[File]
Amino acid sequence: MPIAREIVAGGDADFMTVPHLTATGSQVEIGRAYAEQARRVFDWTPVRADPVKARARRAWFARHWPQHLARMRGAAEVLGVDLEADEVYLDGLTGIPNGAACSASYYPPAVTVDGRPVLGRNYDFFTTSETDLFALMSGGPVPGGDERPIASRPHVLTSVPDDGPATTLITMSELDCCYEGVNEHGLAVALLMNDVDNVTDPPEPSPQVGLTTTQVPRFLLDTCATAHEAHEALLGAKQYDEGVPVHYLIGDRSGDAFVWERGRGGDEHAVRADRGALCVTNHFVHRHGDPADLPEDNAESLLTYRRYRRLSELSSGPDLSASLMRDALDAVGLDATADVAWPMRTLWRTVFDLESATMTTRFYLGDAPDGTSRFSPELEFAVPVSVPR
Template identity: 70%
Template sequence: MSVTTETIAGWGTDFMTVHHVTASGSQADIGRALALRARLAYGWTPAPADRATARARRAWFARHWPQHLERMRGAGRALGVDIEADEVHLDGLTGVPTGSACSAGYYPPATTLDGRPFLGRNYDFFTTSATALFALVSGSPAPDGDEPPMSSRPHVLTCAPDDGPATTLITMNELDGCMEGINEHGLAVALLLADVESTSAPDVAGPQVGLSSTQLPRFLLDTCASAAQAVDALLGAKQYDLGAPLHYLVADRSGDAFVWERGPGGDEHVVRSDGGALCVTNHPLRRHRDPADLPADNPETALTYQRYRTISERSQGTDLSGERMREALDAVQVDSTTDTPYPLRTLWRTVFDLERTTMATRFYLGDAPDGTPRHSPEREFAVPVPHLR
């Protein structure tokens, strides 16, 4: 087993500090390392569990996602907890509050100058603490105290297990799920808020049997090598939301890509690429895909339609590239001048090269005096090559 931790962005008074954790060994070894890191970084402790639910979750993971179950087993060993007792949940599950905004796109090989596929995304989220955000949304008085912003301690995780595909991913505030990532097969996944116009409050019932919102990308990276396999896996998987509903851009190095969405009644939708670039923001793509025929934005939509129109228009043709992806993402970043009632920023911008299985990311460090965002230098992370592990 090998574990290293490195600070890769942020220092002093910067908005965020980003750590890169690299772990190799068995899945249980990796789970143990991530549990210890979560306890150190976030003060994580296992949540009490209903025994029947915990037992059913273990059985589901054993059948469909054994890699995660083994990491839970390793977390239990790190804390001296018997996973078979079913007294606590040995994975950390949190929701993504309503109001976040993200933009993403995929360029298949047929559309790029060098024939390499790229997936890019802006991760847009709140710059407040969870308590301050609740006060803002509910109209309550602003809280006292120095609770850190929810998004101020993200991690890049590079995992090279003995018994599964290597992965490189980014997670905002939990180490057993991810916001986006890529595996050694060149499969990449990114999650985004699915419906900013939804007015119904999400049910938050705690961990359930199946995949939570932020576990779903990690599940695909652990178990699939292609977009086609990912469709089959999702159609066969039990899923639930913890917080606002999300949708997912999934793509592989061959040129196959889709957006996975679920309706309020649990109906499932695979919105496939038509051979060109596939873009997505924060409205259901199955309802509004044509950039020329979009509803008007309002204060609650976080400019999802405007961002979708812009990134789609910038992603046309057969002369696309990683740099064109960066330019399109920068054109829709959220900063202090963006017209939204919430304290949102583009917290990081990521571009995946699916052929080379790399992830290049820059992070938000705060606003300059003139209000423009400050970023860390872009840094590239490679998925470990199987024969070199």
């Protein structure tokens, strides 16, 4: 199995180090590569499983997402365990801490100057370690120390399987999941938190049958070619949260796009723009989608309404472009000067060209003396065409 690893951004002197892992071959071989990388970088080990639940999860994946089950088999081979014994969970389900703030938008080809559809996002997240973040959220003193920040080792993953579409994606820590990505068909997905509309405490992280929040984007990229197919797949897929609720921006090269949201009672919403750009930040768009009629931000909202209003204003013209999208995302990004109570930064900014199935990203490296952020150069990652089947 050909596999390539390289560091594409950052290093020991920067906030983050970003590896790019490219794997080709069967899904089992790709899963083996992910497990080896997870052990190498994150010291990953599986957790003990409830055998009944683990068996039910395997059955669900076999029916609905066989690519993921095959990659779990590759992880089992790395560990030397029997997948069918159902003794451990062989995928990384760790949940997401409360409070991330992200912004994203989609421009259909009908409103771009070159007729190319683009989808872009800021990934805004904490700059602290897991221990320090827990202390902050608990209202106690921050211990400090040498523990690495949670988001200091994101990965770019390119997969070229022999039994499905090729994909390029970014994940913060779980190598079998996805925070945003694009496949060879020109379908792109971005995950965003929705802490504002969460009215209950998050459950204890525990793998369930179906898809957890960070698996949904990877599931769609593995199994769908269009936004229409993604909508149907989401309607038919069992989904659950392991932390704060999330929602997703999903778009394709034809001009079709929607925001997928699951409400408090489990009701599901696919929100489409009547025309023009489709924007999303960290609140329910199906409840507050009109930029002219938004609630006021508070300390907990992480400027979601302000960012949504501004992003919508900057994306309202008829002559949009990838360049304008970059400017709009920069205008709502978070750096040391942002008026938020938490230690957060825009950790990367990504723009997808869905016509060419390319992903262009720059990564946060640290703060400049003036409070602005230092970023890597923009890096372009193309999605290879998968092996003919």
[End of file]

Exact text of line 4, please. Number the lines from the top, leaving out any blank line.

């Protein structure tokens, strides 16, 4: 087993500090390392569990996602907890509050100058603490105290297990799920808020049997090598939301890509690429895909339609590239001048090269005096090559 931790962005008074954790060994070894890191970084402790639910979750993971179950087993060993007792949940599950905004796109090989596929995304989220955000949304008085912003301690995780595909991913505030990532097969996944116009409050019932919102990308990276396999896996998987509903851009190095969405009644939708670039923001793509025929934005939509129109228009043709992806993402970043009632920023911008299985990311460090965002230098992370592990 090998574990290293490195600070890769942020220092002093910067908005965020980003750590890169690299772990190799068995899945249980990796789970143990991530549990210890979560306890150190976030003060994580296992949540009490209903025994029947915990037992059913273990059985589901054993059948469909054994890699995660083994990491839970390793977390239990790190804390001296018997996973078979079913007294606590040995994975950390949190929701993504309503109001976040993200933009993403995929360029298949047929559309790029060098024939390499790229997936890019802006991760847009709140710059407040969870308590301050609740006060803002509910109209309550602003809280006292120095609770850190929810998004101020993200991690890049590079995992090279003995018994599964290597992965490189980014997670905002939990180490057993991810916001986006890529595996050694060149499969990449990114999650985004699915419906900013939804007015119904999400049910938050705690961990359930199946995949939570932020576990779903990690599940695909652990178990699939292609977009086609990912469709089959999702159609066969039990899923639930913890917080606002999300949708997912999934793509592989061959040129196959889709957006996975679920309706309020649990109906499932695979919105496939038509051979060109596939873009997505924060409205259901199955309802509004044509950039020329979009509803008007309002204060609650976080400019999802405007961002979708812009990134789609910038992603046309057969002369696309990683740099064109960066330019399109920068054109829709959220900063202090963006017209939204919430304290949102583009917290990081990521571009995946699916052929080379790399992830290049820059992070938000705060606003300059003139209000423009400050970023860390872009840094590239490679998925470990199987024969070199």